New protections for renters
The New Zealand Government has made some laws that give some new protection to renters during the lockdown. These laws apply for the next three months and they can go for longer if the government decides they should.
Rental increases are illegal for the next six months. If the landlord has told you about an increase that would start during the lockdown, this rental increase will not happen.
Tenancies cannot be terminated without any reason during the lockdown unless the renter and the landlord agree. This includes tenancies that would normally end during this period. Tenants can still terminate their tenancies as normal.
If you were moving into a new house, but now you can’t because the previous tenant can’t move out due to the lockdown, then you do not have to pay any money to that landlord even if you have signed a contract.
You can stay in your house during the lockdown even if you have told the landlord you would move out. You must write to your landlord to tell them that you are going to stay.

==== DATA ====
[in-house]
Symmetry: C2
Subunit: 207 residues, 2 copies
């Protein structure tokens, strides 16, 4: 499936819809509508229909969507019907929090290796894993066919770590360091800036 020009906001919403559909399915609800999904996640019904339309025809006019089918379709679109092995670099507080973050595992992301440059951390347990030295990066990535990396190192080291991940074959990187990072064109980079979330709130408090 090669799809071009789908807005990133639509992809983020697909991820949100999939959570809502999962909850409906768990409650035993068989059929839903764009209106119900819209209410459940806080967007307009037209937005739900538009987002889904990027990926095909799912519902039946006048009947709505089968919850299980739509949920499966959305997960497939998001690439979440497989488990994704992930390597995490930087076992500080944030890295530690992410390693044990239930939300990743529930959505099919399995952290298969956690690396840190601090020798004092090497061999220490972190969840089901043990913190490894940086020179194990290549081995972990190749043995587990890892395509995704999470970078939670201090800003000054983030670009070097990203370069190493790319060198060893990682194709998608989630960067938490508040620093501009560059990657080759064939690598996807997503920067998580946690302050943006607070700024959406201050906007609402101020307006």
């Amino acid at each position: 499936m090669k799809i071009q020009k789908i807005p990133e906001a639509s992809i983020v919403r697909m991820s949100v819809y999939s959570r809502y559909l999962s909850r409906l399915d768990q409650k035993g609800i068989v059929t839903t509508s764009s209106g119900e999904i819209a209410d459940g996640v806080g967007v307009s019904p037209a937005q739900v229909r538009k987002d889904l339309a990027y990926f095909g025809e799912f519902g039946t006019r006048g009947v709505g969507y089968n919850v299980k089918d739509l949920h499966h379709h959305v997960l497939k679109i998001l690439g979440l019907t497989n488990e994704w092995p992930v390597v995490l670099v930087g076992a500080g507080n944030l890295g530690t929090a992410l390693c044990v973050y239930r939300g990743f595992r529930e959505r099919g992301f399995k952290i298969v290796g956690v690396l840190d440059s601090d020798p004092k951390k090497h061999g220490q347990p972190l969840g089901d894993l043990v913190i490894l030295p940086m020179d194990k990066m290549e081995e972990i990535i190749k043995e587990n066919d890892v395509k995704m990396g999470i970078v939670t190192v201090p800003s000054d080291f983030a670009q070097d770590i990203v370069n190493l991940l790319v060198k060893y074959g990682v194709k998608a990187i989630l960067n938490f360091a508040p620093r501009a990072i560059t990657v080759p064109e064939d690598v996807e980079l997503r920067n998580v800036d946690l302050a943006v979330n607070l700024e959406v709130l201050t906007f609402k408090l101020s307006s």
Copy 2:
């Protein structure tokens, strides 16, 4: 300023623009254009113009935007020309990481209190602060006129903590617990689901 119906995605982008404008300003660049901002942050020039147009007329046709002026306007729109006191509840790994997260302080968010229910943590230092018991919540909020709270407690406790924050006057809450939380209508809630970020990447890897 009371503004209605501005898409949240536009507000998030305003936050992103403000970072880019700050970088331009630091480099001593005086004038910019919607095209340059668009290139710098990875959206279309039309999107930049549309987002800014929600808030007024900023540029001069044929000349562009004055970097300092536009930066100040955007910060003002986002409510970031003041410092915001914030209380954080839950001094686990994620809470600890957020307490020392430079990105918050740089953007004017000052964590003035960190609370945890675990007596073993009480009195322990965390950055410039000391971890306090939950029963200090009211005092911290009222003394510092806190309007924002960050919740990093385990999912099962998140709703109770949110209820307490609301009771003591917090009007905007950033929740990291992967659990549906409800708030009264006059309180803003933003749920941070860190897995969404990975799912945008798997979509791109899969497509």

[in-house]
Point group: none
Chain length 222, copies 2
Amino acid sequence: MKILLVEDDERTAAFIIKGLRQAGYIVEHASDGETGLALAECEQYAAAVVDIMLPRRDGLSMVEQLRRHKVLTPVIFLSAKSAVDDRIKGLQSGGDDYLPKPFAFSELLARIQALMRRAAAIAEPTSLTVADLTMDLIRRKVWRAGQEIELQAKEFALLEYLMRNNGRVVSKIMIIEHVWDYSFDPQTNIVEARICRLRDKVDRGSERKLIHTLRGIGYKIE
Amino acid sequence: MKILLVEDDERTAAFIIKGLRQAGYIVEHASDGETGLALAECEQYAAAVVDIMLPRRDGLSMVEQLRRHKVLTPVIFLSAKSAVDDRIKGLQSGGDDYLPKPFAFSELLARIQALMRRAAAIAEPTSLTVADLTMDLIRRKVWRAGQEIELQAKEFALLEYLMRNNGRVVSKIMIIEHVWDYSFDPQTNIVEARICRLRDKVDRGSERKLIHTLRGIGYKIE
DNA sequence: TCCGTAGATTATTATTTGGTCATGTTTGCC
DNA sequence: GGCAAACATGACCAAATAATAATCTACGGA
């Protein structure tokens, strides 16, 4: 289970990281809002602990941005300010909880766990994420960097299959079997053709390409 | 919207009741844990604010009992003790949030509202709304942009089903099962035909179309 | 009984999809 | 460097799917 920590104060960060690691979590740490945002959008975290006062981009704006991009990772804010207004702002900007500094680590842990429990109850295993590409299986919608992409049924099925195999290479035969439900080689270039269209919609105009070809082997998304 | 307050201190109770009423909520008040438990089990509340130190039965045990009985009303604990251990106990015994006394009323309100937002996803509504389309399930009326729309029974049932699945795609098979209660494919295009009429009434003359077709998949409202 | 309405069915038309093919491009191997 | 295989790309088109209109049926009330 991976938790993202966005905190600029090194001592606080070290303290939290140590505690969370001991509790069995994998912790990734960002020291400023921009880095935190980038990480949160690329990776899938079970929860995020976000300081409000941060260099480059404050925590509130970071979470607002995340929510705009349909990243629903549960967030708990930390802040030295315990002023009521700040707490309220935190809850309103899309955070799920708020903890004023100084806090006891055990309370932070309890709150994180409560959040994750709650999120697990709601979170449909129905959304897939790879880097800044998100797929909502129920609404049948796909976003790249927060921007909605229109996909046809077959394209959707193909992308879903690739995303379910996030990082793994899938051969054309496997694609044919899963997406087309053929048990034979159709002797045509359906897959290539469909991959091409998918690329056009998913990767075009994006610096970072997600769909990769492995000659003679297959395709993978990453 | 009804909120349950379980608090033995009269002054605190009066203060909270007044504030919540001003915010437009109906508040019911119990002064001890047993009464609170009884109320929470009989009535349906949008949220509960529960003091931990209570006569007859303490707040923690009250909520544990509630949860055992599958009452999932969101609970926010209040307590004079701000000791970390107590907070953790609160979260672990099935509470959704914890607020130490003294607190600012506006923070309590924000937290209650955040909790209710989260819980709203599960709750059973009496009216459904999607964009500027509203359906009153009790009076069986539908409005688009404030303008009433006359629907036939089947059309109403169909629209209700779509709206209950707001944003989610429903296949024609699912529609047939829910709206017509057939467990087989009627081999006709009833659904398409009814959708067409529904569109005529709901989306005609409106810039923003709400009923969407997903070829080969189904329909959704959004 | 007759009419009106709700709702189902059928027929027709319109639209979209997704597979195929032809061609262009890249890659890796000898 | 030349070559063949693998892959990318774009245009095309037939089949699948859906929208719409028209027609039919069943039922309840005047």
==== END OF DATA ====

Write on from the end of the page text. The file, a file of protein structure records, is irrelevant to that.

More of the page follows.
While tenants still need to try their most to meet their obligations under their tenancy agreements, you now need to be at least 60 days in arrears before a landlord can apply to terminate a tenancy, not 21 days.
There have been media reports of some property managers writing to people to say that if they are late with their rent they will be evicted. This is not legal. If this happens to you, please contact IHC and we will advise the government.
Landlords can be ordered to pay $6,500 if they try to evict you during this period. This is unless you haven’t paid your rent for more than 60 days when they try to evict you, or you have damaged property, assaulted someone or have been breaking laws and acting anti-socially while in the house.
If your landlord tries to evict you during this time you can contact IHC on 0800 442 442 or the Citizens Advice Bureau on 0800 367 222 for help. Landlords are not able to personally evict people. If they come to your house to do this, you can call the police. If you are having trouble paying your rent talk to your landlord first to try to figure out a plan that works. You can also contact Work and Income to see if they can help with finances.
This information is not legal advice and should not be relied upon as the basis for any legal action or contractual dealings. The information is not and does not attempt to be, a comprehensive account of the relevant law in New Zealand. If you require legal advice, you should seek independent legal advice. IHC does not accept any liability that may arise from the use of this information.